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White House Correspondents’ Association Whines Reporters Weren’t Invited On Trump Drive: ‘Outrageous’
U.S. President Donald Trump wears a protective mask while giving a thumbs up as he is driven in a motorcade past supporters outside of Walter Reed National Military Medical Center in Bethesda, Maryland, U.S., on Sunday, Oct. 4, 2020. Trump briefly left his hospital in a car to greet supporters gathered outside, after posting a video on Twitter saying he was about to make a surprise visit.
Graeme Sloan/Bloomberg via Getty Images

The White House Correspondents’ Association complained on Sunday afternoon that journalists were not invited on President Donald Trump’s short drive outside of Walter Reed Medical Center, calling it “outrageous.”

The statement came as journalists complained about Trump allegedly not wearing the right kind of mask during the drive while others called for him to face criminal charges and to be removed from power.

White House Correspondents’ Association President Zeke Miller, who is a reporter for The Associated Press, issued the following statement:

It is outrageous for the president to have left the hospital — even briefly — amid a health crisis without a protective pool present to ensure that the American people know where their president is and how he is doing. Now more than ever, the American public deserves independent coverage of the president so they can be reliably informed about his health.

The most notable hit on Sunday came from left-wing Washington Post blogger Jennifer Rubin, who tweeted at least 34 times about Trump taking a short drive outside of the hospital before returning.

Rubin suggested using the 25th Amendment to remove Trump and called for him to be criminally prosecuted for “reckless endangerment” and “assault.” Rubin also suggested that Trump was willing to kill his supporters and that the Republican Party was not the “pro-life party.”

White House physician Sean Conley, D.O., gave additional details on Sunday about Trump’s overall health condition, saying:

Since we spoke last, the president has continued to improve. As with any illness there are frequent ups and downs over the course, particularly when a patient is being so closely watched 24 hours a day. We review and debate every finding, compare it to existing science and literature, weighing the risks and benefits of every intervention. It’s timing, as well as any potential impacts a delay may have.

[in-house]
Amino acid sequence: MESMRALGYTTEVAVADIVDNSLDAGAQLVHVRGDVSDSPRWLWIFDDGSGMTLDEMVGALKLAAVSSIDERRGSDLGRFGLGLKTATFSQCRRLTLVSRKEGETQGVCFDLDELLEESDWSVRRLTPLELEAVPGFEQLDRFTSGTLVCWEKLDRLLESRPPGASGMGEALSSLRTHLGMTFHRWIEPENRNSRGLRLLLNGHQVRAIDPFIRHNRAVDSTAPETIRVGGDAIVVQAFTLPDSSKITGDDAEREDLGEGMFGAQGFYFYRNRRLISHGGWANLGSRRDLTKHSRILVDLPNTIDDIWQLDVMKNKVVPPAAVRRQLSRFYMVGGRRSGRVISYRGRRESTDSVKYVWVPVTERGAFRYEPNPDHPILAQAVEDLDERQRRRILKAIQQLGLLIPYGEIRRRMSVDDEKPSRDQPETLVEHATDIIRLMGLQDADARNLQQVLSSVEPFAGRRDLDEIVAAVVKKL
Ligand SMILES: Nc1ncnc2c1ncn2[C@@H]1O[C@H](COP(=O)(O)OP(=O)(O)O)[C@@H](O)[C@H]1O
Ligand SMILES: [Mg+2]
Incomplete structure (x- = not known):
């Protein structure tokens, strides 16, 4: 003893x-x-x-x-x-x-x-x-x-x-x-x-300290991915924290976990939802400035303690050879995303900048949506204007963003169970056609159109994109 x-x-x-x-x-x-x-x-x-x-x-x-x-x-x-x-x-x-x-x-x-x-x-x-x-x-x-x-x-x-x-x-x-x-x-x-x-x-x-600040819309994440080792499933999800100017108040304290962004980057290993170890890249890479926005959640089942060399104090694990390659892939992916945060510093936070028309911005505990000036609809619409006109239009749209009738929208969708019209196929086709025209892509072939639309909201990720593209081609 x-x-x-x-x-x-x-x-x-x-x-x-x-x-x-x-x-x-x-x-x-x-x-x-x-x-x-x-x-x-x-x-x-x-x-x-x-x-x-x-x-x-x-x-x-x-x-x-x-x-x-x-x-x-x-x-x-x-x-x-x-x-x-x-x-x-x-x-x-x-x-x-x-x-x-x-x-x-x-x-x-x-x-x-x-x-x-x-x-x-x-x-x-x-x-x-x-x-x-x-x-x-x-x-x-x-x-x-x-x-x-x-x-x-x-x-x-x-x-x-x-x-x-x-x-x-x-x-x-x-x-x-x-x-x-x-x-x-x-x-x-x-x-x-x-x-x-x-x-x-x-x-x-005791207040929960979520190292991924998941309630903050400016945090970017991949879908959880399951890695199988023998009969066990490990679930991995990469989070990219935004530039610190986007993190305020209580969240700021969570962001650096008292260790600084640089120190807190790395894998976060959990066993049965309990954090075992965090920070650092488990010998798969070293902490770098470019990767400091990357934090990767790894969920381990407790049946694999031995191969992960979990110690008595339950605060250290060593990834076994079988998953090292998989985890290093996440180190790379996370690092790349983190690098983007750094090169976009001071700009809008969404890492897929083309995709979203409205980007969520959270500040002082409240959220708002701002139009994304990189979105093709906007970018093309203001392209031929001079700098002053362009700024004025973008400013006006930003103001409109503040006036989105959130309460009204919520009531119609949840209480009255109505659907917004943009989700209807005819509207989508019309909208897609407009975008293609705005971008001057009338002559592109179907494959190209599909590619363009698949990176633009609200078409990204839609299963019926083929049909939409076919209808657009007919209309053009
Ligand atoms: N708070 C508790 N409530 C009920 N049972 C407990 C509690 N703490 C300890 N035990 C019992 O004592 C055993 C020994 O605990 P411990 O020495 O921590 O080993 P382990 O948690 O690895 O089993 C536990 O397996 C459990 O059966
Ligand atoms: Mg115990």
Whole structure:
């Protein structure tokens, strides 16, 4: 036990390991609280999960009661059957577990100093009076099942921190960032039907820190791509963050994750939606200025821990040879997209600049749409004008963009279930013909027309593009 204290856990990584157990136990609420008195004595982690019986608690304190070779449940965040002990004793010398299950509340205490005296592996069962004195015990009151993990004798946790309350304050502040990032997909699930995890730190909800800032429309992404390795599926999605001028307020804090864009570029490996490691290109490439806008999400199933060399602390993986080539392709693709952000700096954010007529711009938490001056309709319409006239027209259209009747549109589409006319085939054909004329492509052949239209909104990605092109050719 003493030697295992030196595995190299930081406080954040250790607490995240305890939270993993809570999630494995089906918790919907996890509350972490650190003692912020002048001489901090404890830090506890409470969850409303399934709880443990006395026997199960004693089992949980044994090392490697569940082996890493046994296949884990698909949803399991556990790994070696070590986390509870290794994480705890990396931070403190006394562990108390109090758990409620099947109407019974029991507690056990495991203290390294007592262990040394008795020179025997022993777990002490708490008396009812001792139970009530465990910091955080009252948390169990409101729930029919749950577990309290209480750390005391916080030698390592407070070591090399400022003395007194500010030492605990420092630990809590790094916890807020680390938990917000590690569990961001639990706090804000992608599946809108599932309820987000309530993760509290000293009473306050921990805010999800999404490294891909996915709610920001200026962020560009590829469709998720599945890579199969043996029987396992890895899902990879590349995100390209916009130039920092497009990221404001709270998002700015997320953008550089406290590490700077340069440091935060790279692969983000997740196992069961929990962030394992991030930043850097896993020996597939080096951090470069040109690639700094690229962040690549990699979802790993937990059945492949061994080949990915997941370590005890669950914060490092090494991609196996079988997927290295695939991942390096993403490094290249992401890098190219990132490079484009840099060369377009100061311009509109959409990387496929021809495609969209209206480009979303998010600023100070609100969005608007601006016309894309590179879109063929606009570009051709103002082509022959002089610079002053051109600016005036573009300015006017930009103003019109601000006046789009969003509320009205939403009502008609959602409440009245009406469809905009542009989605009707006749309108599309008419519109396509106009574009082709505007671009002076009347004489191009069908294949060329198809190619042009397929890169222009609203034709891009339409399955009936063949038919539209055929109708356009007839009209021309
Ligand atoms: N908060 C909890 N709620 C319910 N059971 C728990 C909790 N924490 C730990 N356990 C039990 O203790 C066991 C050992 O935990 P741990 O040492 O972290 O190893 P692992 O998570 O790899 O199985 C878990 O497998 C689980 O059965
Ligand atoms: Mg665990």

Over the course of his illness, the president has experienced two episodes of transient drops in his oxygen saturation. We debated the reasons for this and whether we’d even intervene. It was the determination of the team, based predominantly on the timeline from the initial diagnosis, that we initiate Dexamethasone.

I’d like to take this opportunity now, given some speculation over the course of the illness the last couple of days, update you on the course of his own illness.

Thursday night into Friday morning the president was doing well with only mild symptoms and his oxygen was in the high nineties. Late Friday morning, when I returned to the bedside, president had a high fever and his oxygen saturation was transiently dipping below 94%. Given these two developments, I was concerned for possible rapid progression of the illness. I recommended the president we try some supplemental oxygen, see how he’d respond. He was fairly adamant that he didn’t need it. He was not short of breath. He was tired. He had the fever. That was about it.

After about a minute and only two liters, his saturation levels were back over 95%. Stayed on that for about an hour, maybe, and it was off and gone.

Later that day, by the time the team here was at the bedside, president had been up out of bed, moving about the residence with only mild symptoms. Despite this, everyone agreed the best course of action was to move to Walter Reed for more thorough evaluation monitoring.

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